The COVID-19 pandemic has cost millions of people their livelihoods, with many millions more affected in some way. Clearly you are not alone if you find yourself looking for quick ways to make money or to get cash fast to pay for life’s necessities. Here is a list of could help ease the financial strain you might find yourself in.
1. Know your options
In a pinch, it’s good to know the options available to you. If you need a lump sum quickly, you may want to consider an emergency loan. After your application is approved and other necessary steps are completed, your loan, which can be secured or unsecured, will be dispersed in one installment with varying terms for repayment. The application process is easy, you’ll get a quick decision on your loan request, and you may be able to receive money the same day your loan is approved.
If you’re OK at the moment, but fear that you’ll need cash fast in the future, consider a line of credit. With a line of credit, you draw upon your available balance as you need it and make payments based only on how much you’ve taken out, plus any interest that has accrued. If neither of these is right for your financial emergency situation (or financial life in general), you may want to take a closer look into a low-interest credit card and weigh the pros and cons.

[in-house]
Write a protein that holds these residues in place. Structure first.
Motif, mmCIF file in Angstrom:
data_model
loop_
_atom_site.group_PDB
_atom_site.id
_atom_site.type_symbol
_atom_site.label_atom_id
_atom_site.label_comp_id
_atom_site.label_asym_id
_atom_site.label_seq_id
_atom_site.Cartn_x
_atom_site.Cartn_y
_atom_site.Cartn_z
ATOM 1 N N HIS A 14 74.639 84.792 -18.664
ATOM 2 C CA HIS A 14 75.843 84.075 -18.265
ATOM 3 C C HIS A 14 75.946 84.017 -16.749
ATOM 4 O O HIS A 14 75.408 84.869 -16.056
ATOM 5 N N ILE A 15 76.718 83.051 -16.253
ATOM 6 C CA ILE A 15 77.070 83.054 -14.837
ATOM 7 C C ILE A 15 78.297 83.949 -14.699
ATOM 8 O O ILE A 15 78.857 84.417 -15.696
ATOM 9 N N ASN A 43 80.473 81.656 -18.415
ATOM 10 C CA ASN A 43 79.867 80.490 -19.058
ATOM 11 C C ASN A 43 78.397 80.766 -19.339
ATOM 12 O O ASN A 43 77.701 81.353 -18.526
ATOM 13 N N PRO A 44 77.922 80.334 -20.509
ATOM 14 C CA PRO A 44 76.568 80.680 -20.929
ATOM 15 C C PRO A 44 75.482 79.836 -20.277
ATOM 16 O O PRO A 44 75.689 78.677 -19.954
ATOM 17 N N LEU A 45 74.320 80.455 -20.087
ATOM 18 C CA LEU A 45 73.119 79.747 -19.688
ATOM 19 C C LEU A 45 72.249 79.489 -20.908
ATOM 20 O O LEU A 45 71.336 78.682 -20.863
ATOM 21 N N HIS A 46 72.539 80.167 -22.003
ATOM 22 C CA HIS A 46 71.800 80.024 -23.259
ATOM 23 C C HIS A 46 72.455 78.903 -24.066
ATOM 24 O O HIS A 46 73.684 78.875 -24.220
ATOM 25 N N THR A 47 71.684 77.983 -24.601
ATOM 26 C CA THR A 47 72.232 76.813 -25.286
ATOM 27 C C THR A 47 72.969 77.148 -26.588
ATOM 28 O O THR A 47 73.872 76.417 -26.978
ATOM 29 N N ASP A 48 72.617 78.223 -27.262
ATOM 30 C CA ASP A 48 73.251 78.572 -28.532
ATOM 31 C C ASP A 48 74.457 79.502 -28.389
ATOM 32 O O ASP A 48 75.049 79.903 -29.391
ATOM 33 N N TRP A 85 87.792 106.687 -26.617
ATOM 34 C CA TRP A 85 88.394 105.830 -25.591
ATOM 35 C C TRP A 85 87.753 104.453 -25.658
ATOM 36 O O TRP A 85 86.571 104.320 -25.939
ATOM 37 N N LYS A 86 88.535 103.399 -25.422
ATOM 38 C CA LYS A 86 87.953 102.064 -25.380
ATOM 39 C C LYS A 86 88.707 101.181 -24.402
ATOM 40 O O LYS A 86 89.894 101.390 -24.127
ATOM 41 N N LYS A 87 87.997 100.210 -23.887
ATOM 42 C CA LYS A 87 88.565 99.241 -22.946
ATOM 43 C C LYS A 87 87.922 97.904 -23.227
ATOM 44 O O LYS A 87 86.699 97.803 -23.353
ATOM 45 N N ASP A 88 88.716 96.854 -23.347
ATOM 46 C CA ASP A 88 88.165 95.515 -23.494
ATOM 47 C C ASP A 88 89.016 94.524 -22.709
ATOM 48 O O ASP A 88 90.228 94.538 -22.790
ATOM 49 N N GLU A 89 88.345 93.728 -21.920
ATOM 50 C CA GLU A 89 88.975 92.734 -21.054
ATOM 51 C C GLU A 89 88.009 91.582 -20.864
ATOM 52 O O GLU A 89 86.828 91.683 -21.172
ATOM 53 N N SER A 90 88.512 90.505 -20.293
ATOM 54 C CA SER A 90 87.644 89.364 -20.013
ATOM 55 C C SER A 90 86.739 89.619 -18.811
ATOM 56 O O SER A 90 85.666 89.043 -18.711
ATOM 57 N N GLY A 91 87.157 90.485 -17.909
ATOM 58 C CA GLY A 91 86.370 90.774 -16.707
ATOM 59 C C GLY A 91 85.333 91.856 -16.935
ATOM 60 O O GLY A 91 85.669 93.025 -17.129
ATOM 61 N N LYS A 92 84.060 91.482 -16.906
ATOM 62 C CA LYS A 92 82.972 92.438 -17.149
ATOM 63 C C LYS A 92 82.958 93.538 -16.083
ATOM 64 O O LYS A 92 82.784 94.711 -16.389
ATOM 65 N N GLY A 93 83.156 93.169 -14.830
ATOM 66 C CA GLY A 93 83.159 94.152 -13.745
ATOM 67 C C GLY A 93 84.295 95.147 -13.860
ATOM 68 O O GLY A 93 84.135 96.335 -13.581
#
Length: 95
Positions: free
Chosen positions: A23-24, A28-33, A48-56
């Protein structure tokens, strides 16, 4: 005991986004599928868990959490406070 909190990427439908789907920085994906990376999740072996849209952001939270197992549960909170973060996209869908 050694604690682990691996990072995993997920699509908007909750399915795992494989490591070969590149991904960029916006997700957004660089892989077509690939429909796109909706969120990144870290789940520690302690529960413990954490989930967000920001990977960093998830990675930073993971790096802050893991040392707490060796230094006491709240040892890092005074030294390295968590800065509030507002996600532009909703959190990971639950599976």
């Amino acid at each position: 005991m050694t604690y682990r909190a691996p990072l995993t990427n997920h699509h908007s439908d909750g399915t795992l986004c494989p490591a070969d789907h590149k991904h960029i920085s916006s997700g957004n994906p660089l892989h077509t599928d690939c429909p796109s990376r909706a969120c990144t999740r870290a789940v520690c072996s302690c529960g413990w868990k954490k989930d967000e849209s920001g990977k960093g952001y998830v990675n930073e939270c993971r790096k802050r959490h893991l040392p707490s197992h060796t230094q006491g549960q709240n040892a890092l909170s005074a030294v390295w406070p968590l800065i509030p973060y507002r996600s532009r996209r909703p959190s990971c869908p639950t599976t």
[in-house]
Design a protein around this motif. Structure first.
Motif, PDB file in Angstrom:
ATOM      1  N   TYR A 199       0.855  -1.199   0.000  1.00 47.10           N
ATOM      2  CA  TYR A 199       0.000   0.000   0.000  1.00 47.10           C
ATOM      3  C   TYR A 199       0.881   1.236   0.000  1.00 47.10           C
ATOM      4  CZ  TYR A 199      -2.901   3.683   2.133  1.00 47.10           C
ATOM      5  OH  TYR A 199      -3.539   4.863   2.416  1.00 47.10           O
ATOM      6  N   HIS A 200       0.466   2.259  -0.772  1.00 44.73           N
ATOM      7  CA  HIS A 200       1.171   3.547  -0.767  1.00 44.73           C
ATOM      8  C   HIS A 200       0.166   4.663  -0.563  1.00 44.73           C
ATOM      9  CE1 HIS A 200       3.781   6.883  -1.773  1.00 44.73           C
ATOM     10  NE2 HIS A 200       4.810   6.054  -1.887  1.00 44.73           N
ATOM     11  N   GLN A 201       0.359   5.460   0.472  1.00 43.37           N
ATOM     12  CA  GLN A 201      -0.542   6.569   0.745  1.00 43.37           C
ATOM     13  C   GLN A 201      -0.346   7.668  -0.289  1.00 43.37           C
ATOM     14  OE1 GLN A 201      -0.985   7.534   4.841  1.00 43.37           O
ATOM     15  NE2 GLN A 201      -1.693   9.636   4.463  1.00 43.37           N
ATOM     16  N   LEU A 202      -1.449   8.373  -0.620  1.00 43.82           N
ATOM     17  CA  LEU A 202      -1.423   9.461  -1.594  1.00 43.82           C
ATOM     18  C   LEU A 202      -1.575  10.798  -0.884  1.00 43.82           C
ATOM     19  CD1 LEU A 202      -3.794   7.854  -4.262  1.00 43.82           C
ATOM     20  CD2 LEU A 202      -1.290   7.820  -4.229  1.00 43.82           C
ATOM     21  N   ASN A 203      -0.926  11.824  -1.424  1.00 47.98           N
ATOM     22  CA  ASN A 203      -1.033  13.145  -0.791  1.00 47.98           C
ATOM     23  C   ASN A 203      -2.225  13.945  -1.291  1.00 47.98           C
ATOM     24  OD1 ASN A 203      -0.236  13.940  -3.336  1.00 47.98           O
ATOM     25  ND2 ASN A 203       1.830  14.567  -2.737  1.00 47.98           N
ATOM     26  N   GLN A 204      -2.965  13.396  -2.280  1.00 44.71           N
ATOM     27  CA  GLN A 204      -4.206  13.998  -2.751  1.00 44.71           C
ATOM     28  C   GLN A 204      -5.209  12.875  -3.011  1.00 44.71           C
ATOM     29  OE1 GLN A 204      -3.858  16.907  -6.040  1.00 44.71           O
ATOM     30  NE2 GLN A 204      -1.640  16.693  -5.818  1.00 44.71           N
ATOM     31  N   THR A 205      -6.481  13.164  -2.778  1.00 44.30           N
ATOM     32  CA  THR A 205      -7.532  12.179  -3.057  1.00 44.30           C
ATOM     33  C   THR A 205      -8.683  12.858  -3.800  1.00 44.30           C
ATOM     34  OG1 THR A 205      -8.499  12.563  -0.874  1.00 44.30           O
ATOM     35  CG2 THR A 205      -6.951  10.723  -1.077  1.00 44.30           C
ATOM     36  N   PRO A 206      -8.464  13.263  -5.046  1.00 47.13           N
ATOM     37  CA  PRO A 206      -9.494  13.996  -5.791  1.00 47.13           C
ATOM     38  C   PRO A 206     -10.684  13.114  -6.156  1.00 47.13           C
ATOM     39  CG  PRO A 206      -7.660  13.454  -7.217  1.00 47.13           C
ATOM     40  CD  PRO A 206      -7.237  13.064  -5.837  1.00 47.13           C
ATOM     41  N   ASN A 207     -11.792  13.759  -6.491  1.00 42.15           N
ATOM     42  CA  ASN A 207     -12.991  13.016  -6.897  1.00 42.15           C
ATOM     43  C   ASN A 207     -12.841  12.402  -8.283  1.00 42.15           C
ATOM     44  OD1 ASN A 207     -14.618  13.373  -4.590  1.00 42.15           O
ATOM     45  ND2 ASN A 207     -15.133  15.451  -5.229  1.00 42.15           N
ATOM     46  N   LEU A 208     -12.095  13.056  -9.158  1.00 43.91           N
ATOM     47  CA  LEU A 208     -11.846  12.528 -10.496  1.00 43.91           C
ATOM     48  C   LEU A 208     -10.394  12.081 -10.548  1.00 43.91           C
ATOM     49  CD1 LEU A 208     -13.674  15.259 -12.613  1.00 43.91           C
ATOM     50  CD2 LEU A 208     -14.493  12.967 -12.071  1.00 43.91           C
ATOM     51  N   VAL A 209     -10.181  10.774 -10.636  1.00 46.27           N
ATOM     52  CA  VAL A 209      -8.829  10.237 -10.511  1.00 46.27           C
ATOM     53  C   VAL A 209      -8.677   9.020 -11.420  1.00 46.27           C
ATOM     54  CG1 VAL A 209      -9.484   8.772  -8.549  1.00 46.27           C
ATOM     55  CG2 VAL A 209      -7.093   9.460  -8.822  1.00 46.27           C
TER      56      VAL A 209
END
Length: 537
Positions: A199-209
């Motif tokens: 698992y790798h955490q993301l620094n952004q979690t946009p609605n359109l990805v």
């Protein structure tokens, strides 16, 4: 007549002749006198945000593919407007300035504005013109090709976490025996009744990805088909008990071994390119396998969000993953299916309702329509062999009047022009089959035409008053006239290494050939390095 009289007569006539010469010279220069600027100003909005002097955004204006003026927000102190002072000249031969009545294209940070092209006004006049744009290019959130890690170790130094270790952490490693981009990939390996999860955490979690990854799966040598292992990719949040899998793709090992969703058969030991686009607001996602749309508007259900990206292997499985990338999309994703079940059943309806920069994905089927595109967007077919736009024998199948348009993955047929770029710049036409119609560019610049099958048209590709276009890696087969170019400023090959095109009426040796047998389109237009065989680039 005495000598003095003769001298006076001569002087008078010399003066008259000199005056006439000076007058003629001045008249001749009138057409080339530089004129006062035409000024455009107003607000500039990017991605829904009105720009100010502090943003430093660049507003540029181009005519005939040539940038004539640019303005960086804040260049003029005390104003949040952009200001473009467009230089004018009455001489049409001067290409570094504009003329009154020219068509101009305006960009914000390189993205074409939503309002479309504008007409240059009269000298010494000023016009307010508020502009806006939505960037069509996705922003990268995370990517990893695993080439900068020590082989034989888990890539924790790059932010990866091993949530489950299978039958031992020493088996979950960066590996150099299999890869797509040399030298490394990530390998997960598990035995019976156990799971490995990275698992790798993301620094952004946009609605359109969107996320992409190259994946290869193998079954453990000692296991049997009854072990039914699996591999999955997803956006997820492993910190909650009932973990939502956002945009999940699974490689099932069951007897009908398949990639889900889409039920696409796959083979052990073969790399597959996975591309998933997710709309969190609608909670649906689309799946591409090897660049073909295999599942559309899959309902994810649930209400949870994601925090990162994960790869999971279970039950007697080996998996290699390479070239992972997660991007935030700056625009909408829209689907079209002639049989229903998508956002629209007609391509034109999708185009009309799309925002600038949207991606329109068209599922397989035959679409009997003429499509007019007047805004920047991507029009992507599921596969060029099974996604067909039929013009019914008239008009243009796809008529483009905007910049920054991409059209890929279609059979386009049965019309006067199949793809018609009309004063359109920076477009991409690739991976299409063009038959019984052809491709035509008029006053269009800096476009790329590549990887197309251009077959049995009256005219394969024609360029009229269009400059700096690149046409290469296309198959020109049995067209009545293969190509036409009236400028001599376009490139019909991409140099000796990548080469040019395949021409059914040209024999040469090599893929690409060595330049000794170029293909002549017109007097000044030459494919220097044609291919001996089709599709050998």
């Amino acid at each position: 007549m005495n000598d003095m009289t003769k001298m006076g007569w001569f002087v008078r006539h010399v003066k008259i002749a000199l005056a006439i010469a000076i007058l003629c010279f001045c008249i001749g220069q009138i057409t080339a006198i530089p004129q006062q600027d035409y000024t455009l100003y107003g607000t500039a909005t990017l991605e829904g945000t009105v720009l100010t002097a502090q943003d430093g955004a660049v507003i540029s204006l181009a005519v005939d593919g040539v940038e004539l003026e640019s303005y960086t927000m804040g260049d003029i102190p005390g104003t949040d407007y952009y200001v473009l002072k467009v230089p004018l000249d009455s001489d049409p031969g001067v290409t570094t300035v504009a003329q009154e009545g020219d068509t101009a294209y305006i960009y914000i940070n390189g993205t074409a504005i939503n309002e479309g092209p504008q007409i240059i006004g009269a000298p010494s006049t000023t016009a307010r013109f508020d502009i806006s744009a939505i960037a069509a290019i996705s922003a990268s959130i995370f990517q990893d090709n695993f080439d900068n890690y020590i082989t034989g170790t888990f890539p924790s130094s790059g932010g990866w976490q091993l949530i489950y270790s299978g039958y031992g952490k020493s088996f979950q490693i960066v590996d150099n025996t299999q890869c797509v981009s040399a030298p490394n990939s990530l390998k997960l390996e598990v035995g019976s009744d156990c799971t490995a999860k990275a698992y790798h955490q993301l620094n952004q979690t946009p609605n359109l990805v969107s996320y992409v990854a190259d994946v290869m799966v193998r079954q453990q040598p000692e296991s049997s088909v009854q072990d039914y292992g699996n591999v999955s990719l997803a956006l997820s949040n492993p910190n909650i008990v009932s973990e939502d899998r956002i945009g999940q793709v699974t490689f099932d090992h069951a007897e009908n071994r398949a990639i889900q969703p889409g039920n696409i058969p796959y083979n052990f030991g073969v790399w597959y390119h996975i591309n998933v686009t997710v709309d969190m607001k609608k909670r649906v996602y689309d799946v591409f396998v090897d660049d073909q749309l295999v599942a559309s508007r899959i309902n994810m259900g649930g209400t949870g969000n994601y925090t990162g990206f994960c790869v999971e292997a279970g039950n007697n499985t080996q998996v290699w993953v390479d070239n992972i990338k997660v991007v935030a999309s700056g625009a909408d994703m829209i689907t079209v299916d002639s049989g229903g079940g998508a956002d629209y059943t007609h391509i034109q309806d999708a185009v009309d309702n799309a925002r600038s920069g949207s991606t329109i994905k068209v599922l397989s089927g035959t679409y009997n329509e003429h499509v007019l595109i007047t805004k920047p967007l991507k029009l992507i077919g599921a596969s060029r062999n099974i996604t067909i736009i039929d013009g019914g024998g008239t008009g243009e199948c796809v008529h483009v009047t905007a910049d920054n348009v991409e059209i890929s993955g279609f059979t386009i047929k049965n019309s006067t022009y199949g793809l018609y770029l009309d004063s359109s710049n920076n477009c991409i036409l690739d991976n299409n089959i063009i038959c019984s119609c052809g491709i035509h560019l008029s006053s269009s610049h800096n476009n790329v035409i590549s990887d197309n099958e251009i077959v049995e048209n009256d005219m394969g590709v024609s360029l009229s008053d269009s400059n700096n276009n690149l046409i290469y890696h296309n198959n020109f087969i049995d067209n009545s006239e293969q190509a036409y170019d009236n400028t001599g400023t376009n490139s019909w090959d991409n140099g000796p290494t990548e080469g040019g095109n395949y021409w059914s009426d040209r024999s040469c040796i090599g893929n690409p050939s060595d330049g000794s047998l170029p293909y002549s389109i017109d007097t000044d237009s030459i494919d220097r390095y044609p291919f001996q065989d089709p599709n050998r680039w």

2. Raise money by decluttering
Other ways to make quick money involve selling belongings you may no longer have a use for — and that you may have been meaning to clear out for a while. Not too long ago, you could have a yard sale for some quick cash, but turnouts for these face-to-face meetings may not be what they used to be, even as lockdowns are loosened. Luckily, lots of online alternatives to yard sales exist. E-tailers like Poshmark and ThredUp are good places to sell clothing and accessories, while using apps like LetGo and Decluttr can help you turn books, electronics, games, tools, hobbies and the like into quick cash. You can also try selling items on CraigsList and Facebook Marketplace. They’ll help you reach people who live close to you – which means you can arrange to exchange the items for cash fast, and you won’t have to pack up and ship your items as you would if you sold them on sites like eBay.